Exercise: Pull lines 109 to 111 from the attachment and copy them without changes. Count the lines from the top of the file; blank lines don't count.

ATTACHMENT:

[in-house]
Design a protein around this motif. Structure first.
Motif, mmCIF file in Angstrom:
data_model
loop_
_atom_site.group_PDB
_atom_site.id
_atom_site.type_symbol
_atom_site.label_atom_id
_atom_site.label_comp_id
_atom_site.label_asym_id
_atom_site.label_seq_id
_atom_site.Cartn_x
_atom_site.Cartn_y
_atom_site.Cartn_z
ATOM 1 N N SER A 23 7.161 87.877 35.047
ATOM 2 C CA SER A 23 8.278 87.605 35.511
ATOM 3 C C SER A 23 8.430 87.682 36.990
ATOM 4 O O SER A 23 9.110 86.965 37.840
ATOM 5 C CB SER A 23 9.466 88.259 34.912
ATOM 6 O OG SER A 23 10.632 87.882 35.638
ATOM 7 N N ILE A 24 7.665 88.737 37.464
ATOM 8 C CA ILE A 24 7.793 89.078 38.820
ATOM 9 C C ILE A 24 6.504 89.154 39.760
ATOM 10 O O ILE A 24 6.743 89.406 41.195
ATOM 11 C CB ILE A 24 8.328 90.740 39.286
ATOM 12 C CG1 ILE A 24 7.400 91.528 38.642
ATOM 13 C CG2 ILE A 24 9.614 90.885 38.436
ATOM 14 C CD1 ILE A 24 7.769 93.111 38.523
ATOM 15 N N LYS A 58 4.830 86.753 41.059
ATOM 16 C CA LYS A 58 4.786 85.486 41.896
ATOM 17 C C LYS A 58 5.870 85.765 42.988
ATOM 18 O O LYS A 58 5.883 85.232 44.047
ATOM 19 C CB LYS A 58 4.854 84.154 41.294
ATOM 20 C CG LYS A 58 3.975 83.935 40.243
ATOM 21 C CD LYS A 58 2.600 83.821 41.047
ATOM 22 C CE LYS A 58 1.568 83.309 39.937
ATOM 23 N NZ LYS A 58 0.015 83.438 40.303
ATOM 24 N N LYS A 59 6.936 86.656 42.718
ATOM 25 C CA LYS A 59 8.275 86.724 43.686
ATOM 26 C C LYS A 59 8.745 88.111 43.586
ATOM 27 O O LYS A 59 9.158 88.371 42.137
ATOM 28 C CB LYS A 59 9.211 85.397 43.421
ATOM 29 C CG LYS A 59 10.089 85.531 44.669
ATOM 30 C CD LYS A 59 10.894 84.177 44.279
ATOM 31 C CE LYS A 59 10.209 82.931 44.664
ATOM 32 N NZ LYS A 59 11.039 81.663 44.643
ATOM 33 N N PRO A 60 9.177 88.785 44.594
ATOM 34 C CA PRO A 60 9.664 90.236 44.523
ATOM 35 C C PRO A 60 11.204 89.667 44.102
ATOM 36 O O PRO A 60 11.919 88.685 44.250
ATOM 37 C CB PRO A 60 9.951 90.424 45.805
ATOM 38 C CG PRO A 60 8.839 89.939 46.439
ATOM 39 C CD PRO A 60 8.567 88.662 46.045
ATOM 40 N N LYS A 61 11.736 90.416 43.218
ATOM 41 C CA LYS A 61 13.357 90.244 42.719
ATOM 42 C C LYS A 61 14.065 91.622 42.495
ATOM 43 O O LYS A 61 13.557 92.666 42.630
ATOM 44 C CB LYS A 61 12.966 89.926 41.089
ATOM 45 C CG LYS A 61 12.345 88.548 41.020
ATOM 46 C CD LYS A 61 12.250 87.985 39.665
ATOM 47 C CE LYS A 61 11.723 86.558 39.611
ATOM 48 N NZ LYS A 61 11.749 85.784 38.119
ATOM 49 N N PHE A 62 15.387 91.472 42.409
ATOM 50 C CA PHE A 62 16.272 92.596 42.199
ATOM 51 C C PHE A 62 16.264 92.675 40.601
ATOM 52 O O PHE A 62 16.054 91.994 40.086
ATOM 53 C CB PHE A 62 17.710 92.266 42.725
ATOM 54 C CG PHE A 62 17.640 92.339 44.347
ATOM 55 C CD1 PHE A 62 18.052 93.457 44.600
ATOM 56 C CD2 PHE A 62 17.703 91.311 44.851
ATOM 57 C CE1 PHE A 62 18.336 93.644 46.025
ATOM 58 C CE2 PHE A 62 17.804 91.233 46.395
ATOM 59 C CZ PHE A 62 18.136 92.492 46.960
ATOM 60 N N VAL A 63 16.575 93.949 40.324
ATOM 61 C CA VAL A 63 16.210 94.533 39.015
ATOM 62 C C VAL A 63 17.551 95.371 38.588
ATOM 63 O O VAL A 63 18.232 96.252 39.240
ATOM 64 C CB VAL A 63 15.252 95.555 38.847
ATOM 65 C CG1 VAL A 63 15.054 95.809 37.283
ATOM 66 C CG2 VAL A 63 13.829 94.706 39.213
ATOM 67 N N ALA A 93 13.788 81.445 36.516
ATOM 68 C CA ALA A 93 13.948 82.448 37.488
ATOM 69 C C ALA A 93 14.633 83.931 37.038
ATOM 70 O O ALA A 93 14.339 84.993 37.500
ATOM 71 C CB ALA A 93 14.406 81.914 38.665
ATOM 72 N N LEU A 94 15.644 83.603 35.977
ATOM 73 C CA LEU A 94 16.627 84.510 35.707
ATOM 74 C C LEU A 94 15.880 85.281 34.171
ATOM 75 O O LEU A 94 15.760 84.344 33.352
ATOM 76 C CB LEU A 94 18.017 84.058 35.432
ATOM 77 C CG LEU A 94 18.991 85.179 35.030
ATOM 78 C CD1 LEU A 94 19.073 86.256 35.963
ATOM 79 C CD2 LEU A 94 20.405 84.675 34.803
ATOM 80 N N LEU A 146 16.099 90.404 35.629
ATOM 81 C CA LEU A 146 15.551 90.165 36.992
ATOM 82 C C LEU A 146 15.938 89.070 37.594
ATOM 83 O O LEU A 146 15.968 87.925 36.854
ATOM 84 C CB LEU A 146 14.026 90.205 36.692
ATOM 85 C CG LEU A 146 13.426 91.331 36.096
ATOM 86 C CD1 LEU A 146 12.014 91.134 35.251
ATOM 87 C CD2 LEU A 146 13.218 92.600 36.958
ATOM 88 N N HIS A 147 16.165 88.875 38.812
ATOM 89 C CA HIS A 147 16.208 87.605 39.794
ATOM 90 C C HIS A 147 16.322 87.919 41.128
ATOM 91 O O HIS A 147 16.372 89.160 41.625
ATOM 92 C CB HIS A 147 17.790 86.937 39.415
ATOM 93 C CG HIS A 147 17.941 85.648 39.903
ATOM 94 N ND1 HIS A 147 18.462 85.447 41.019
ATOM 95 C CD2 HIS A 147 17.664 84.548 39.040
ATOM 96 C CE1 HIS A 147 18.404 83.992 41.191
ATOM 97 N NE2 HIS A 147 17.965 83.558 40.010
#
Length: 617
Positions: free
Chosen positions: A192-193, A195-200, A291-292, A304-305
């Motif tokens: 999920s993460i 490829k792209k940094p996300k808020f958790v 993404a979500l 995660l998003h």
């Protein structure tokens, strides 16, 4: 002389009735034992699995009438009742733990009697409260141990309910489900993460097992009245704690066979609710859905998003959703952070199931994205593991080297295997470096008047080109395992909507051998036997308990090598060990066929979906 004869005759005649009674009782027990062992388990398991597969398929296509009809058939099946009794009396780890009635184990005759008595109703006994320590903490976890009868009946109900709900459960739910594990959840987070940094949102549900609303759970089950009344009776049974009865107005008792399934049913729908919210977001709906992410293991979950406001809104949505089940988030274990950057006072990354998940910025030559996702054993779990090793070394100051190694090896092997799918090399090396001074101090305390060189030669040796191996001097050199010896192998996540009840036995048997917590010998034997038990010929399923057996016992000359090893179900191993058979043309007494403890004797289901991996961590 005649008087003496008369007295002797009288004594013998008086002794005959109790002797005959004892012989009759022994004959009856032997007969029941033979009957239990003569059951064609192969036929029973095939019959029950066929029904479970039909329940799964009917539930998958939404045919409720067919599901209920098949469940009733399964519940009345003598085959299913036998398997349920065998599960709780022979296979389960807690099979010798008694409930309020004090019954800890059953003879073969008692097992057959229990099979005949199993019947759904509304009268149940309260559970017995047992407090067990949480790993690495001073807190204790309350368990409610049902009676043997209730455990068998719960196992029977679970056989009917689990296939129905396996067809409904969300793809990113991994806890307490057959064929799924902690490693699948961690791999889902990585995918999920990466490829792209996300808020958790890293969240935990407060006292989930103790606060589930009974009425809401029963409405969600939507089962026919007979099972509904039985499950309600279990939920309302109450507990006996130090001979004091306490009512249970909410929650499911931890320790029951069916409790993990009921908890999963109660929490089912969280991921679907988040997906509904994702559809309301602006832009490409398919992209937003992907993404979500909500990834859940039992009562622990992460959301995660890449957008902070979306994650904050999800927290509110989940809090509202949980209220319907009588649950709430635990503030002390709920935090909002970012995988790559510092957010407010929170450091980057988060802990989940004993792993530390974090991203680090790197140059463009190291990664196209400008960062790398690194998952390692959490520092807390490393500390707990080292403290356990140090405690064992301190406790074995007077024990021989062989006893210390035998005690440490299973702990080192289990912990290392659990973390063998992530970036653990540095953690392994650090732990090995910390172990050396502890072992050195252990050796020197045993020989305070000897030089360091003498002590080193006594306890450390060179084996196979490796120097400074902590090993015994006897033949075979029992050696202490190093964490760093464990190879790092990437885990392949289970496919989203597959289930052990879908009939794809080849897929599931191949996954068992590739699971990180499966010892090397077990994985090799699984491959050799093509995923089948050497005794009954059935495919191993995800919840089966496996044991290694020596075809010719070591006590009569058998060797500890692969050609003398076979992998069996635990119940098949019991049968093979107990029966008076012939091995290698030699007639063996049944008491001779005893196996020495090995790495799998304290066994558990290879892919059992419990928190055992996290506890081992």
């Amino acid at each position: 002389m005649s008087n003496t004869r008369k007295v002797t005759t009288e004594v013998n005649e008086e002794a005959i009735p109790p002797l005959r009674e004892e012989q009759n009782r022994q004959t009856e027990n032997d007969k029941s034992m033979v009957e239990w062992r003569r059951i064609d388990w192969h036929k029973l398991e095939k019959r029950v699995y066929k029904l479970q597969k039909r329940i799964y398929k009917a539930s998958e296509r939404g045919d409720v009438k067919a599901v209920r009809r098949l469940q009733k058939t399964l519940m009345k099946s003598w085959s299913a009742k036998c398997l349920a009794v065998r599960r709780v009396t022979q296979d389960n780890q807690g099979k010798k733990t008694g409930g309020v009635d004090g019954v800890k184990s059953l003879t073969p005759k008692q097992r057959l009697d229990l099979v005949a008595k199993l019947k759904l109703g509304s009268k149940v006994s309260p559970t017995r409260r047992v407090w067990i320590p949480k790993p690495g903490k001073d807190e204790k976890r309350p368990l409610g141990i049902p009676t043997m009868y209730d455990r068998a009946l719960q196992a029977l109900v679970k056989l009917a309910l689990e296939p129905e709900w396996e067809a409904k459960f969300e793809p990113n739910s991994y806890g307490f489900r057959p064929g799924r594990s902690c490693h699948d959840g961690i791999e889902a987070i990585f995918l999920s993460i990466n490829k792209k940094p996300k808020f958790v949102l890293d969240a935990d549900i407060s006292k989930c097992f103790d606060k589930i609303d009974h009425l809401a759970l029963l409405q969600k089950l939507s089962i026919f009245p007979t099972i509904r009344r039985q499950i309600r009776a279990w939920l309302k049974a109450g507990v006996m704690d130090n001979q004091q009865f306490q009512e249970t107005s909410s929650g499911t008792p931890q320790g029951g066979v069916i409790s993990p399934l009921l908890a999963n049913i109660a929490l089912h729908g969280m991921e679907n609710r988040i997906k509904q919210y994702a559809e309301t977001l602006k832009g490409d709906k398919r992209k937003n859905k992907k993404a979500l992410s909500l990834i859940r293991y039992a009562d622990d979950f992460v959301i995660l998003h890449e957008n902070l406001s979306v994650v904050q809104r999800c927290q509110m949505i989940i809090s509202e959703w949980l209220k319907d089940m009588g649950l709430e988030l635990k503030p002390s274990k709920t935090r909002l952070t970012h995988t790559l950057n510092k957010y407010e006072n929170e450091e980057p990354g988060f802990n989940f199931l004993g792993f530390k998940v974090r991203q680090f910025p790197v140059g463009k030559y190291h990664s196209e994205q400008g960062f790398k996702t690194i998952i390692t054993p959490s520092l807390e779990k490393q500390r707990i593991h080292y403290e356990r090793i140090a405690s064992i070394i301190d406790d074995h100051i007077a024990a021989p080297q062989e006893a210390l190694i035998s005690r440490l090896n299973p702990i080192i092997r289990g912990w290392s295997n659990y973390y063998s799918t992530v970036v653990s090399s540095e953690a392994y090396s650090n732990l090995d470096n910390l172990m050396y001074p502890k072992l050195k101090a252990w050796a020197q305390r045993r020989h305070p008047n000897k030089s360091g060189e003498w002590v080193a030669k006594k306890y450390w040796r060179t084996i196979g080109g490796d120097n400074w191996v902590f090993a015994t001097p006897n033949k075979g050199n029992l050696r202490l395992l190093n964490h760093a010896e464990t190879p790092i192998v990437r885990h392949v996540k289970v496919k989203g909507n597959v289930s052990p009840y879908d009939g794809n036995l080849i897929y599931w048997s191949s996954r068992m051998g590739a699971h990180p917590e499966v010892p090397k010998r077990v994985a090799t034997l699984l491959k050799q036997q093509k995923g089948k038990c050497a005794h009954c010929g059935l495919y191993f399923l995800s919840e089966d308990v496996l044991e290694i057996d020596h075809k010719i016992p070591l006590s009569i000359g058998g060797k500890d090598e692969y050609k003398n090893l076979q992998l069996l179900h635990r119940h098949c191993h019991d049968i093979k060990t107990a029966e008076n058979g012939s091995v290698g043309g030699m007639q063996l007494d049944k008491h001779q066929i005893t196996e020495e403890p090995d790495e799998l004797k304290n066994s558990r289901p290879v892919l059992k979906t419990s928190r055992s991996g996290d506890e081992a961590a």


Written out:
ATOM 94 N ND1 HIS A 147 18.462 85.447 41.019
ATOM 95 C CD2 HIS A 147 17.664 84.548 39.040
ATOM 96 C CE1 HIS A 147 18.404 83.992 41.191